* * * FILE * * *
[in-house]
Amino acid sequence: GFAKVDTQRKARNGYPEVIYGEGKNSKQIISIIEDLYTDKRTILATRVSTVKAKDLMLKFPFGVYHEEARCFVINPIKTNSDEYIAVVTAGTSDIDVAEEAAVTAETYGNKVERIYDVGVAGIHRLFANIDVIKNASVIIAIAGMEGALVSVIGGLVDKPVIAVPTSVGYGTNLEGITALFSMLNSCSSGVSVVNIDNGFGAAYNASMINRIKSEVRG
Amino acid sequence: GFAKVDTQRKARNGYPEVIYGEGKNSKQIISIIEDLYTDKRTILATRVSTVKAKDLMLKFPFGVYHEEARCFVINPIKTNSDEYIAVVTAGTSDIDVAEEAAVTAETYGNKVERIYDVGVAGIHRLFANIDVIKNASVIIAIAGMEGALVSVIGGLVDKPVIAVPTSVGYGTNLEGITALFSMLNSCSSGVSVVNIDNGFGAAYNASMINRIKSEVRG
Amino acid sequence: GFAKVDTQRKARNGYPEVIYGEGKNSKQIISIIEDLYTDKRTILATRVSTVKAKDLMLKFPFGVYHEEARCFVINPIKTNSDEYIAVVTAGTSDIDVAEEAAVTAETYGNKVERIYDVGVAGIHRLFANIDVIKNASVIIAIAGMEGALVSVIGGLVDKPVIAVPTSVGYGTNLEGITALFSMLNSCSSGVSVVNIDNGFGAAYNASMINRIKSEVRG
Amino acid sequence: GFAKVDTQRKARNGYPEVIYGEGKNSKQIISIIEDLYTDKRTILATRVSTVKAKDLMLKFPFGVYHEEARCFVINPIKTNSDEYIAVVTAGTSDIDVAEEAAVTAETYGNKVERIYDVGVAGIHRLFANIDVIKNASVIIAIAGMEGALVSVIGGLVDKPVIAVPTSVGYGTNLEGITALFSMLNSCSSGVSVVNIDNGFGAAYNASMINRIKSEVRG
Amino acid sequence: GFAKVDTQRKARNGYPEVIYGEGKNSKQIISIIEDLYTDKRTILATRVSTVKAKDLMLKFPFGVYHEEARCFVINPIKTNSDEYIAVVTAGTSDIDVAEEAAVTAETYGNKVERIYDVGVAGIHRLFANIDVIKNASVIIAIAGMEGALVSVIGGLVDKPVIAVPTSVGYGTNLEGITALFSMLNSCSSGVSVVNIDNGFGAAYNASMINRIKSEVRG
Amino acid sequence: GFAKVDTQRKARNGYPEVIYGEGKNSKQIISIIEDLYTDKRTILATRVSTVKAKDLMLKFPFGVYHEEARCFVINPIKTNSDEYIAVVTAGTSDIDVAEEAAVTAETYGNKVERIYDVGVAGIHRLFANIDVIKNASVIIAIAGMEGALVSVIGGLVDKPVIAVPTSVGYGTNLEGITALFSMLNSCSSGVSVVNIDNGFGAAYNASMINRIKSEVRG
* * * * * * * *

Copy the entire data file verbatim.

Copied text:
[in-house]
Amino acid sequence: GFAKVDTQRKARNGYPEVIYGEGKNSKQIISIIEDLYTDKRTILATRVSTVKAKDLMLKFPFGVYHEEARCFVINPIKTNSDEYIAVVTAGTSDIDVAEEAAVTAETYGNKVERIYDVGVAGIHRLFANIDVIKNASVIIAIAGMEGALVSVIGGLVDKPVIAVPTSVGYGTNLEGITALFSMLNSCSSGVSVVNIDNGFGAAYNASMINRIKSEVRG
Amino acid sequence: GFAKVDTQRKARNGYPEVIYGEGKNSKQIISIIEDLYTDKRTILATRVSTVKAKDLMLKFPFGVYHEEARCFVINPIKTNSDEYIAVVTAGTSDIDVAEEAAVTAETYGNKVERIYDVGVAGIHRLFANIDVIKNASVIIAIAGMEGALVSVIGGLVDKPVIAVPTSVGYGTNLEGITALFSMLNSCSSGVSVVNIDNGFGAAYNASMINRIKSEVRG
Amino acid sequence: GFAKVDTQRKARNGYPEVIYGEGKNSKQIISIIEDLYTDKRTILATRVSTVKAKDLMLKFPFGVYHEEARCFVINPIKTNSDEYIAVVTAGTSDIDVAEEAAVTAETYGNKVERIYDVGVAGIHRLFANIDVIKNASVIIAIAGMEGALVSVIGGLVDKPVIAVPTSVGYGTNLEGITALFSMLNSCSSGVSVVNIDNGFGAAYNASMINRIKSEVRG
Amino acid sequence: GFAKVDTQRKARNGYPEVIYGEGKNSKQIISIIEDLYTDKRTILATRVSTVKAKDLMLKFPFGVYHEEARCFVINPIKTNSDEYIAVVTAGTSDIDVAEEAAVTAETYGNKVERIYDVGVAGIHRLFANIDVIKNASVIIAIAGMEGALVSVIGGLVDKPVIAVPTSVGYGTNLEGITALFSMLNSCSSGVSVVNIDNGFGAAYNASMINRIKSEVRG
Amino acid sequence: GFAKVDTQRKARNGYPEVIYGEGKNSKQIISIIEDLYTDKRTILATRVSTVKAKDLMLKFPFGVYHEEARCFVINPIKTNSDEYIAVVTAGTSDIDVAEEAAVTAETYGNKVERIYDVGVAGIHRLFANIDVIKNASVIIAIAGMEGALVSVIGGLVDKPVIAVPTSVGYGTNLEGITALFSMLNSCSSGVSVVNIDNGFGAAYNASMINRIKSEVRG
Amino acid sequence: GFAKVDTQRKARNGYPEVIYGEGKNSKQIISIIEDLYTDKRTILATRVSTVKAKDLMLKFPFGVYHEEARCFVINPIKTNSDEYIAVVTAGTSDIDVAEEAAVTAETYGNKVERIYDVGVAGIHRLFANIDVIKNASVIIAIAGMEGALVSVIGGLVDKPVIAVPTSVGYGTNLEGITALFSMLNSCSSGVSVVNIDNGFGAAYNASMINRIKSEVRG